After training dogs to go in an M.R.I. scanner for the first time, with the goal of determining how dogs’ brains work and what they think of humans, scientist comes to inescapable conclusion: us dogs are people too.
Puppy Love: Proof Dogs Truly Madly Deeply Feel It
Ask any dog-owner and they will swear that they love their dogs and he or she loves them back, now it can be proven. Some super-smart dogs were specially trained to withstand the noise and strangeness of a magnetic resonance imaging (MRI) machine without any sedation. This way, clear scans of the dogs brains were obtained and available for study.
He sought to come up with hard data to certify the unique bond between humans and their “best friends” was real, not imagined. His first canine candidates were Callie, a rescue dog who was nine months old, and McKenzie, a collie, aged 3. They both co-operated beautifully.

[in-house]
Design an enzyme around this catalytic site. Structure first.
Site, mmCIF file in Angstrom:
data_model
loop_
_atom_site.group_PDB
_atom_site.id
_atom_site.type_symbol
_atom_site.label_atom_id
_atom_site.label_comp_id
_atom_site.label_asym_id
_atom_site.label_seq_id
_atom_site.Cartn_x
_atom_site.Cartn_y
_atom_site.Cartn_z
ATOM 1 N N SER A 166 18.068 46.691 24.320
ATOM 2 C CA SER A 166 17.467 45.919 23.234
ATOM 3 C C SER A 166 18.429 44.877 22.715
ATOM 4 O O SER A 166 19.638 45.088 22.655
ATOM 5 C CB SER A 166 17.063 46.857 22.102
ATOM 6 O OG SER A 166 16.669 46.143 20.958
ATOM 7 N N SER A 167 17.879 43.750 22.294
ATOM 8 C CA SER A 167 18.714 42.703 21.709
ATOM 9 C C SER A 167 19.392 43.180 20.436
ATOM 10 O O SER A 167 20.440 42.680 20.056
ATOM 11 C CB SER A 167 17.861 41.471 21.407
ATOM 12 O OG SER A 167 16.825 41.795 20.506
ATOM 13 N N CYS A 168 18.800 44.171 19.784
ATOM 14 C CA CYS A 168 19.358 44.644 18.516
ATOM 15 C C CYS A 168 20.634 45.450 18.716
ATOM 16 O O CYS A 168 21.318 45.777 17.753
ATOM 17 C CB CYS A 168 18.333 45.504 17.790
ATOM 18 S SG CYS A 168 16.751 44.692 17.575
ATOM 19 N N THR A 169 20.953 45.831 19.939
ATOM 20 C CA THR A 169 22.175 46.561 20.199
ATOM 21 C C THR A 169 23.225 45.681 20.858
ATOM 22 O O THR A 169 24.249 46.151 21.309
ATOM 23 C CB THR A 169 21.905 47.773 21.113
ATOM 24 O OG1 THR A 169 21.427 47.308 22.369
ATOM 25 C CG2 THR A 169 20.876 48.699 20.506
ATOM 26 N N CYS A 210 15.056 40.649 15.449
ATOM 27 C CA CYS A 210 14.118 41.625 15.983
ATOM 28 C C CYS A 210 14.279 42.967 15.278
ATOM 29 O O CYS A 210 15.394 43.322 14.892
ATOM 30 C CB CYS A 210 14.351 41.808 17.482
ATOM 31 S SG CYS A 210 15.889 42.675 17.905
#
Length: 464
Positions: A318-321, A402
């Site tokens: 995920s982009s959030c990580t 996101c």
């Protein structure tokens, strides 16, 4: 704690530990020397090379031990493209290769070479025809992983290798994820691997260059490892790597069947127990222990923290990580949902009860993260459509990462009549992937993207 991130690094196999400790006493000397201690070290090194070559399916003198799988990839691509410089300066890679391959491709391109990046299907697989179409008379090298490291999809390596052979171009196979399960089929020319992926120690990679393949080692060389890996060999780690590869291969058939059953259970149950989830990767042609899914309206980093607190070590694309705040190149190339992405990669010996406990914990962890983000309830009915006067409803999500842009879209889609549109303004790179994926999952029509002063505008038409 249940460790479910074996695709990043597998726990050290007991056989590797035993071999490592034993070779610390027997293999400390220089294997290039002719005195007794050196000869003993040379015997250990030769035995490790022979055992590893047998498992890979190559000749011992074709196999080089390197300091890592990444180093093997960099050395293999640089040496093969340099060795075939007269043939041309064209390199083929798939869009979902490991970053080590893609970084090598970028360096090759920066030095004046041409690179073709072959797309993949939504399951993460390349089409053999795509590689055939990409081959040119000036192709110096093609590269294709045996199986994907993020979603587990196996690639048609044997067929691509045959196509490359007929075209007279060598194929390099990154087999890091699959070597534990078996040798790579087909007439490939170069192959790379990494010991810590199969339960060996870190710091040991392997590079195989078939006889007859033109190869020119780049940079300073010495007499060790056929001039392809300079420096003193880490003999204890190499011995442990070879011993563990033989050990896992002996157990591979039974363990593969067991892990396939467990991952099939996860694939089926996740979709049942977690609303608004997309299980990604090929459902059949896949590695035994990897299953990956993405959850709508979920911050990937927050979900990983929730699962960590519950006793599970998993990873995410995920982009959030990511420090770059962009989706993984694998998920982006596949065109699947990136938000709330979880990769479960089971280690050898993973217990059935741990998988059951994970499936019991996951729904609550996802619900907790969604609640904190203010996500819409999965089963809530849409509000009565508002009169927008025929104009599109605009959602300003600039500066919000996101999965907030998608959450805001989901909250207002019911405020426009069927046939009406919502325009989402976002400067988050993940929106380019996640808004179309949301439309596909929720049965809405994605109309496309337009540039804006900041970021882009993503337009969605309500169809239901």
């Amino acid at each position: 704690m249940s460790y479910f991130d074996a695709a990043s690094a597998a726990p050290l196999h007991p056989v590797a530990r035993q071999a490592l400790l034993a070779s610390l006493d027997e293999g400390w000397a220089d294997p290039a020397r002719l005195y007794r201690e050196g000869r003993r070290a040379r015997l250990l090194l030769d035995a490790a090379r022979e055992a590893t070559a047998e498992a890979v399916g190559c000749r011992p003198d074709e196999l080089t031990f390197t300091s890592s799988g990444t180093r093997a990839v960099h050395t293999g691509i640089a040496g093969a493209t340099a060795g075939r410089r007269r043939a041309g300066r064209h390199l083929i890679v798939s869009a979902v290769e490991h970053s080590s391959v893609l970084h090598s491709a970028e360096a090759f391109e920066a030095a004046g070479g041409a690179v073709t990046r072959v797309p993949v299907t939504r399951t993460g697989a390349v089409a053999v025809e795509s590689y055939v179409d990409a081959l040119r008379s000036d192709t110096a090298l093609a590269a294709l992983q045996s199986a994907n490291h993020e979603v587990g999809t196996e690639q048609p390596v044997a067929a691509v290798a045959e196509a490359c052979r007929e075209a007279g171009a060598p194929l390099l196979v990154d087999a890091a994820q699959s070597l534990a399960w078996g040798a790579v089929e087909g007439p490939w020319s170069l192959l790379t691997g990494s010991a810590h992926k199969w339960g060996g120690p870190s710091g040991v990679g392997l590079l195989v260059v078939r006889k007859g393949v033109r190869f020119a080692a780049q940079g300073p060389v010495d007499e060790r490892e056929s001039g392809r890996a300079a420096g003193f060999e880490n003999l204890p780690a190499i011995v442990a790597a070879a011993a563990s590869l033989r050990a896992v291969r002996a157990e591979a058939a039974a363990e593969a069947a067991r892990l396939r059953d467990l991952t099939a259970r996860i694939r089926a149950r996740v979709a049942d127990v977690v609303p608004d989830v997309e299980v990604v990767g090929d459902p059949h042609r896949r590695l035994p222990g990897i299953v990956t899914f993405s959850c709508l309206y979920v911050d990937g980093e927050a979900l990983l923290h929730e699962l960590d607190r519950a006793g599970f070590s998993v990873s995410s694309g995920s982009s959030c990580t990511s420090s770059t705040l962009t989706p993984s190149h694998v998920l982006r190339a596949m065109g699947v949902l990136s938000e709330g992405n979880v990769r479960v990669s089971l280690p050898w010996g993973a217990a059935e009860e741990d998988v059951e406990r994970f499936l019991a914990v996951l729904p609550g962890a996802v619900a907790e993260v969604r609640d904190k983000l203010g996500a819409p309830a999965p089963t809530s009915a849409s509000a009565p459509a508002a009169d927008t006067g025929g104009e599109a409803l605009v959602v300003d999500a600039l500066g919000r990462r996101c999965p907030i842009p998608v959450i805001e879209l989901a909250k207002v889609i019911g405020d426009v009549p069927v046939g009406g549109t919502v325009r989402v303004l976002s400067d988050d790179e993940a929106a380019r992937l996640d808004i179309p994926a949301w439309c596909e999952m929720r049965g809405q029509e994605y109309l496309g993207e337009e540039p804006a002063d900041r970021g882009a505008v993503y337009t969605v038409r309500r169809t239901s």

Dogs Are People, Too
For the past two years, my colleagues and I have been training dogs to go in an M.R.I. scanner — completely awake and unrestrained. Our goal has been to determine how dogs’ brains work and, even more important, what they think of us humans. Now, after training and scanning a dozen dogs, my one inescapable conclusion is this: dogs are people, too.
Because dogs can’t speak, scientists have relied on behavioral observations to infer what dogs are thinking. It is a tricky business. You can’t ask a dog why he does something. And you certainly can’t ask him how he feels. The prospect of ferreting out animal emotions scares many scientists. After all, animal research is big business. It has been easy to sidestep the difficult questions about animal sentience and emotions because they have been unanswerable. Until now.
Gregory Berns is a professor of neuroeconomics at Emory University and the author of “How Dogs Love Us: A Neuroscientist and His Adopted Dog Decode the Canine Brain.”